Andy Murray says he feels “very proud” to become the first British singles player to be world number one since computerised rankings began in 1973.
The Scot, 29, needed to reach the final of the Paris Masters to replace Novak Djokovic and did so when Milos Raonic pulled out before their semi-final.
Murray has reached 11 finals in his past 12 events, and has won 73 matches in the year, a personal record.
“I never thought I’d be number one in the world,” he said.
“It’s been many years of work to get here. It’s been such a difficult thing to do because of how good the guys around me have been.”
Murray will be officially confirmed as world number one when the revised rankings are released on Monday.
Novak Djokovic had topped the rankings for 122 weeks, and completed his career Grand Slam by beating Murray in the French Open final in June, his 12th major title.
Roger Federer (17) and Rafael Nadal (14) have won a combined 31 Grand Slam titles, many coinciding with Murray’s rise through the rankings.
Murray won both Wimbledon and Olympic gold for the second time in 2016, and has also won the US Open and Davis Cup.
He will play John Isner in Sunday’s Paris Masters final, after Raonic pulled out with an injury to his right quad. Isner beat Marin Cilic 6-4 6-3 in the first semi-final.
Djokovic, 29, would have retained his number one ranking had he reached the final – but Cilic beat him in the quarter-finals on Friday.
The stats behind Murray’s rise to number one
He is the 26th man to hold the top spot since computerised rankings began in 1973.
A player’s ranking is determined by his best 18 tournament results over the preceding 52 weeks.
Murray is the second-oldest player to debut at number one behind John Newcombe, who was 30 years and 11 days old when he achieved the feat in 1974.
Murray holds the record for the longest time between first becoming number two and becoming number one – seven years and over two months.
His seven stints at number two are tied with Mats Wilander and Stefan Edberg for the longest in the ATP’s database of week-by-week records, which goes back to June 1984.
Seven players since June 1984 have never become number one after becoming number two: Michael Stich, Goran Ivanisevic, Michael Chang, Petr Korda, Alex Corretja, Magnus Norman and Tommy Haas.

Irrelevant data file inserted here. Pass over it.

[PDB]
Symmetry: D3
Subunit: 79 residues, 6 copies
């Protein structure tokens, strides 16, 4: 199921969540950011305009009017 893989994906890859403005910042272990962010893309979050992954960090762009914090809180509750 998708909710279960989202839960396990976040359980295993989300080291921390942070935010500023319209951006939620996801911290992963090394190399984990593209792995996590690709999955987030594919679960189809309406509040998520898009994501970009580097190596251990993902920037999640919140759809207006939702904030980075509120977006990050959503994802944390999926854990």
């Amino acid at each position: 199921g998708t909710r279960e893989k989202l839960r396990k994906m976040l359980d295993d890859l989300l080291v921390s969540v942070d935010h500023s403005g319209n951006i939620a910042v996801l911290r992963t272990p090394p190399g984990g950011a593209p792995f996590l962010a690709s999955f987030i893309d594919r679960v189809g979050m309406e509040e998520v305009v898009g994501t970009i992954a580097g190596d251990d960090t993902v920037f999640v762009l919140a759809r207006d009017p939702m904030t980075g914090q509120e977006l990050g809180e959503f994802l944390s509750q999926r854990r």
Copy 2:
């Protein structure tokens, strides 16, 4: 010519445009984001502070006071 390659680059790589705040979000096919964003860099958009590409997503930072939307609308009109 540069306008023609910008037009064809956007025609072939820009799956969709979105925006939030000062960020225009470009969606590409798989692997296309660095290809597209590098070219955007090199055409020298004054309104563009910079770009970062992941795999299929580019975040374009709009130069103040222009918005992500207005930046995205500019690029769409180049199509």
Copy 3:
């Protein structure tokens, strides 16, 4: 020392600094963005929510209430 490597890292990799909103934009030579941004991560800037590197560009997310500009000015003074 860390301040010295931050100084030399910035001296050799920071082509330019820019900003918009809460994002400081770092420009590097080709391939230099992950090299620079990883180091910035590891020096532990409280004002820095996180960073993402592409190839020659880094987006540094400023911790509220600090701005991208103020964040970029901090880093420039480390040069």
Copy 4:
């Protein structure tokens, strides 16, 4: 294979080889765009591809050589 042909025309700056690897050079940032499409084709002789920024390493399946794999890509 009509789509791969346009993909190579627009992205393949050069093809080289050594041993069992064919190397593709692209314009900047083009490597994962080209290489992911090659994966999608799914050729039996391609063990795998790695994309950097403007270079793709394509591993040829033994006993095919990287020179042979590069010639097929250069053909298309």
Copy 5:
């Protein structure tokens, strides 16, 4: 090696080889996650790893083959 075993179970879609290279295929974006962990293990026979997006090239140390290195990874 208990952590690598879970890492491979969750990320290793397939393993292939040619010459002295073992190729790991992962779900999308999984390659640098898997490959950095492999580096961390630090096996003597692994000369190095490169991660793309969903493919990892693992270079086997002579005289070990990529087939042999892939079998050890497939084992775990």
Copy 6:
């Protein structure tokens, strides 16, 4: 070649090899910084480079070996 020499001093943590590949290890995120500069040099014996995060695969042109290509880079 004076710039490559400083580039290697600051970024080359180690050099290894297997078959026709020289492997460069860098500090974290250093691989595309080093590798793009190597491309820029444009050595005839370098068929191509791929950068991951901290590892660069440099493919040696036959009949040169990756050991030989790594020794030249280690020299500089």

Russell Fuller, BBC tennis correspondent:
Raonic had ankle problems coming into this week. He has qualified for the World Tour Finals in London. He obviously wants to rest and protect that injury.
There’s a huge sense of anti-climax, something you don’t ever associate with Andy Murray. Think of the drama involved when he won Wimbledon for the first time, for that Davis Cup match and that gold medal match a few months ago. Without having to hit a ball he is assured of being at least five points ahead of Novak Djokovic on Monday. Despite the anti-climactic nature it is a magnificent achievement.
He has come from so far back to do this. He was over 8,000 points behind Djokovic when the French Open finished in June. That is a mammoth number of points. He’s been on an incredible run since then. He can now call himself, just like his brother Jamie, a world number one.
A landmark 12 months for Murray
November 2015: Helps Great Britain win the Davis Cup team event for the first time
December 2015: Voted BBC Sports Personality of the Year for the second time
February 2016: Welcomes first child as wife Kim gives birth to daughter Sophia
June 2016: Becomes Wimbledon champion for the second time
August 2016: Defends Olympic singles title in Rio
November 2016: Replaces Novak Djokovic as world number one
What they said
Murray’s former coach Miles Maclagan: “He deserves to be among the likes of Boris Becker and John McEnroe – people who have won five, six, seven Slams and have been number one.
“He’s got the three Slams at the moment but the two Olympics and the Davis Cup cement his place. He belongs among those greats.”
ATP president Chris Kermode said: “Andy has shown incredible dedication, determination and hard work in his bid to get to number one.
“It’s difficult to think of a player more deserving of this accolade – in one of the toughest eras in the history of our sport.
“He has had a phenomenal season and fully deserves this latest recognition, which confirms his status as the best player in the world.”